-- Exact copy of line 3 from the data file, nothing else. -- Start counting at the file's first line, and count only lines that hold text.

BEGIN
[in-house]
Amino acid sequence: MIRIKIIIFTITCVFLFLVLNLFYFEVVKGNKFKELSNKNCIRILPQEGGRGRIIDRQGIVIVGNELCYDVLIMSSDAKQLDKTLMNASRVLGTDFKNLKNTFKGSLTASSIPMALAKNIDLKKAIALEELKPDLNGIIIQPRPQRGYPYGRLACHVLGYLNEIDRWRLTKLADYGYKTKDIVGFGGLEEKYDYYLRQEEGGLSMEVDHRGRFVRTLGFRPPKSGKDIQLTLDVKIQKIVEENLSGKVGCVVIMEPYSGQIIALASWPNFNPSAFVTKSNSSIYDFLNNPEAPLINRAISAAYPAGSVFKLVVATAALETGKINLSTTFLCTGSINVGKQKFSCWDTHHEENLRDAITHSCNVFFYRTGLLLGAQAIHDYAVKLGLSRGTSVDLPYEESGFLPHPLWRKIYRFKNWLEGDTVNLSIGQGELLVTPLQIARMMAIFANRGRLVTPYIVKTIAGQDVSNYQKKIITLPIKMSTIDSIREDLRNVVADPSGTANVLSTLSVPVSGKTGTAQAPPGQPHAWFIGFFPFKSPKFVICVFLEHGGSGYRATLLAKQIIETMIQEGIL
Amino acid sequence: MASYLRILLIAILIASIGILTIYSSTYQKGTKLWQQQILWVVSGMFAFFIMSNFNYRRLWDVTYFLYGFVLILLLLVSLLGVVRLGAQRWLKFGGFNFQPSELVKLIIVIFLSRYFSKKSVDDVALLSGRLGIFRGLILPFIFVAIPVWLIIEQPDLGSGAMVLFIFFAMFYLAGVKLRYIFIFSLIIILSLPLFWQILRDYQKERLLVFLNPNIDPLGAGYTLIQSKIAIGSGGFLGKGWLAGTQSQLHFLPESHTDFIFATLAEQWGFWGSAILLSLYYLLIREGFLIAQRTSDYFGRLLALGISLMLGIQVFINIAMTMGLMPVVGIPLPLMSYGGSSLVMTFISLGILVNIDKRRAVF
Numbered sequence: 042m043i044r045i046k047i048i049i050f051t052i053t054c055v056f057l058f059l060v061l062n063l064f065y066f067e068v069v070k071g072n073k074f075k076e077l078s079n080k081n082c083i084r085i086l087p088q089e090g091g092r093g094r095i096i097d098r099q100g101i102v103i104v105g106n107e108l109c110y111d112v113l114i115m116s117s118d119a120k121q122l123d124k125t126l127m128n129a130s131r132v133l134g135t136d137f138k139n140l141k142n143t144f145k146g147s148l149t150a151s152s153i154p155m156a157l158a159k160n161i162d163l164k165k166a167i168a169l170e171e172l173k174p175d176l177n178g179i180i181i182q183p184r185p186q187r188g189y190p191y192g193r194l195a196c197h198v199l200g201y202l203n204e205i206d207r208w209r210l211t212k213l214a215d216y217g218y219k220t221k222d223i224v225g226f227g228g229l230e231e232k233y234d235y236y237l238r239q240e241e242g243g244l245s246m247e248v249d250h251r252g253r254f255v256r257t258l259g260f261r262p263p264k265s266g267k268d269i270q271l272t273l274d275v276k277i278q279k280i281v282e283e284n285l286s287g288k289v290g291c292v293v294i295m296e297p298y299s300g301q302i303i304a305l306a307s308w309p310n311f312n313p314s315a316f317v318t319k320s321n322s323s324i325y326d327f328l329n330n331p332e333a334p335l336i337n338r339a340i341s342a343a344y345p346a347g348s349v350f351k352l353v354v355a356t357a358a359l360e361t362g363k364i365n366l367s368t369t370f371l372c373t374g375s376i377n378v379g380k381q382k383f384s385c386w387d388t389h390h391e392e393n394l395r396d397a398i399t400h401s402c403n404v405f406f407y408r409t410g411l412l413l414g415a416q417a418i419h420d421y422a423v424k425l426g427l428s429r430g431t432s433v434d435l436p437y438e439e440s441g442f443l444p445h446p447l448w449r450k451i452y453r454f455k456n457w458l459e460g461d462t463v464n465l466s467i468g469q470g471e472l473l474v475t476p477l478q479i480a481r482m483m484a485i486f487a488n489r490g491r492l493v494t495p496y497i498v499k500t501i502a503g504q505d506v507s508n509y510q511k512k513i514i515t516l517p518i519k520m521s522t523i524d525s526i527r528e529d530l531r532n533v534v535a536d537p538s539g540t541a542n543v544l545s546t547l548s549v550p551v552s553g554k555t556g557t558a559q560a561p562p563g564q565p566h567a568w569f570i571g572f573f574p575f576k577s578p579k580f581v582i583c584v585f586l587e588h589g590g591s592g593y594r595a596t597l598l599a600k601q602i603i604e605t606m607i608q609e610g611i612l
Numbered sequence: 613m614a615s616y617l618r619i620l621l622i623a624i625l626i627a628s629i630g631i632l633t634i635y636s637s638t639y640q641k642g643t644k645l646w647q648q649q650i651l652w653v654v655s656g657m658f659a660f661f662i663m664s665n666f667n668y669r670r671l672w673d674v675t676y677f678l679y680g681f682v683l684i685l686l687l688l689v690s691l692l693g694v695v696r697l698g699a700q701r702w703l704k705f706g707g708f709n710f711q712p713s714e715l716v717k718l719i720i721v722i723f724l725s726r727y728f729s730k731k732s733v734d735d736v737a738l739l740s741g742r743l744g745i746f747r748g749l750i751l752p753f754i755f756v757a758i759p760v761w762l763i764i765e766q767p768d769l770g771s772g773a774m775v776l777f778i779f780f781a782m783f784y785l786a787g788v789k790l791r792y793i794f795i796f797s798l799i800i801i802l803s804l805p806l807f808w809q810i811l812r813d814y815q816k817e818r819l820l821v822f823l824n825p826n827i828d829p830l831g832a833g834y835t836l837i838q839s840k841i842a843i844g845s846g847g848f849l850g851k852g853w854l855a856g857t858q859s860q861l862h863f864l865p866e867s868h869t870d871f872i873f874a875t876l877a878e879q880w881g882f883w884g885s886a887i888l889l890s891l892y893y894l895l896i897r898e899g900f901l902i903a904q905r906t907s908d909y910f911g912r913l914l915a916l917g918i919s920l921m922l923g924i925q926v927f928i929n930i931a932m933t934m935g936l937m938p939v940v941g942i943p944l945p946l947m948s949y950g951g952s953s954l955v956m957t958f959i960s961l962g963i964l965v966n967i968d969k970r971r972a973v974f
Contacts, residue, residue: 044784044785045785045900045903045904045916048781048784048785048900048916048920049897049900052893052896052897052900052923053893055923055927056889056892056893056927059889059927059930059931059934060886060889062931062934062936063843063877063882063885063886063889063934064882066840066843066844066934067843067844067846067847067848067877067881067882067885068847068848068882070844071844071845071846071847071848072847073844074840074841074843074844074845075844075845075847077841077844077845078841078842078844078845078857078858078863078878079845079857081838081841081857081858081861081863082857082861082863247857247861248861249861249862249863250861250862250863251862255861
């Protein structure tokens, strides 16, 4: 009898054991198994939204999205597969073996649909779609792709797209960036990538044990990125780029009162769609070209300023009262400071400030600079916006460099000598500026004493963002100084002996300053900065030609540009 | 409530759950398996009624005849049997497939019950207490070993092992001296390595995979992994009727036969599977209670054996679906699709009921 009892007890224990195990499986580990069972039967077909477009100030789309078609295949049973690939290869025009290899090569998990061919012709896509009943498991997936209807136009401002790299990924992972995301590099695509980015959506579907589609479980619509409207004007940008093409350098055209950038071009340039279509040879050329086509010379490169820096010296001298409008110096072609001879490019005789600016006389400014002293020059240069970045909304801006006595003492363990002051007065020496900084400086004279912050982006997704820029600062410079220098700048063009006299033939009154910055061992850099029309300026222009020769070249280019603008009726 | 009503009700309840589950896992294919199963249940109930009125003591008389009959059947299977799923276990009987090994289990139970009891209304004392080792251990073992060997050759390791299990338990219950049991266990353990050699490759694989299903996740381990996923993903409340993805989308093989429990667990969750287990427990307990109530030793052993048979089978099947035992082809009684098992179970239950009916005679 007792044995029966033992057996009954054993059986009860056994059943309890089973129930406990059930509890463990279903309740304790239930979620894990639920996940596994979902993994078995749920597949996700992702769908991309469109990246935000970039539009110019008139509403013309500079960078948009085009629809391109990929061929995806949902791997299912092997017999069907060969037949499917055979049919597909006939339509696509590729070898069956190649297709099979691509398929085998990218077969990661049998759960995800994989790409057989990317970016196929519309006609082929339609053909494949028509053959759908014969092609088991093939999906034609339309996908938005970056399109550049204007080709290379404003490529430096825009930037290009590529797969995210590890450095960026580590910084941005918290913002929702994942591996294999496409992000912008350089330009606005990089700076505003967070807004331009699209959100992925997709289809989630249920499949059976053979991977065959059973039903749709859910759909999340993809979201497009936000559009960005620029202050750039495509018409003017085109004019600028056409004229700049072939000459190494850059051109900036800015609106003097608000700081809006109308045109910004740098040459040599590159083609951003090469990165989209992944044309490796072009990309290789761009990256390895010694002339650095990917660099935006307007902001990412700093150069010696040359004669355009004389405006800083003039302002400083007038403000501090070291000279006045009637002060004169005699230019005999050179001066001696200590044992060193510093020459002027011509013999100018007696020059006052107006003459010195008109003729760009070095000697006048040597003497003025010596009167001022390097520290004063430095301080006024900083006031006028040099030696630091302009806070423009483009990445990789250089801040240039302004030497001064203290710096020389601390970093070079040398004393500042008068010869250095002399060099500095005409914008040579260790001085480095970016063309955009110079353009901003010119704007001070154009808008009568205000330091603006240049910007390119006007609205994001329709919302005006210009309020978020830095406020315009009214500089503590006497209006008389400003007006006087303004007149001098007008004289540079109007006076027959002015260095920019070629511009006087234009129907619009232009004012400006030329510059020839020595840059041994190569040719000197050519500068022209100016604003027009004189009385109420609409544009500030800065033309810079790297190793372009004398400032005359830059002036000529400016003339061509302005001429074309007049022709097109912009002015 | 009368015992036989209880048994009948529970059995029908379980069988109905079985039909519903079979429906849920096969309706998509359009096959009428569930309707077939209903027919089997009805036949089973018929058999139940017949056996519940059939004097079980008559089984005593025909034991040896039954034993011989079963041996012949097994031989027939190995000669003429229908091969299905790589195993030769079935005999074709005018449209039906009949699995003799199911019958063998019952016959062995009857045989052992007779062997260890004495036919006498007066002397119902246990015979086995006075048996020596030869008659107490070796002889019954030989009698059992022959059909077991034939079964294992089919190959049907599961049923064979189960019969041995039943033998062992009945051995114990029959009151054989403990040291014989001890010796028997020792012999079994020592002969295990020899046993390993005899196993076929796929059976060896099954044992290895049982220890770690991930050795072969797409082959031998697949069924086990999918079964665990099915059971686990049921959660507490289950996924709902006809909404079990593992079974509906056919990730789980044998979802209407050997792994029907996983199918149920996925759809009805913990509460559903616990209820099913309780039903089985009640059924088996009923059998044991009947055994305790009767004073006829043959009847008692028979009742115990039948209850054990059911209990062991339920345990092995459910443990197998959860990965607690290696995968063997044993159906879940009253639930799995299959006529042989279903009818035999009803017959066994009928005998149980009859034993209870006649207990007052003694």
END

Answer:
Amino acid sequence: MASYLRILLIAILIASIGILTIYSSTYQKGTKLWQQQILWVVSGMFAFFIMSNFNYRRLWDVTYFLYGFVLILLLLVSLLGVVRLGAQRWLKFGGFNFQPSELVKLIIVIFLSRYFSKKSVDDVALLSGRLGIFRGLILPFIFVAIPVWLIIEQPDLGSGAMVLFIFFAMFYLAGVKLRYIFIFSLIIILSLPLFWQILRDYQKERLLVFLNPNIDPLGAGYTLIQSKIAIGSGGFLGKGWLAGTQSQLHFLPESHTDFIFATLAEQWGFWGSAILLSLYYLLIREGFLIAQRTSDYFGRLLALGISLMLGIQVFINIAMTMGLMPVVGIPLPLMSYGGSSLVMTFISLGILVNIDKRRAVF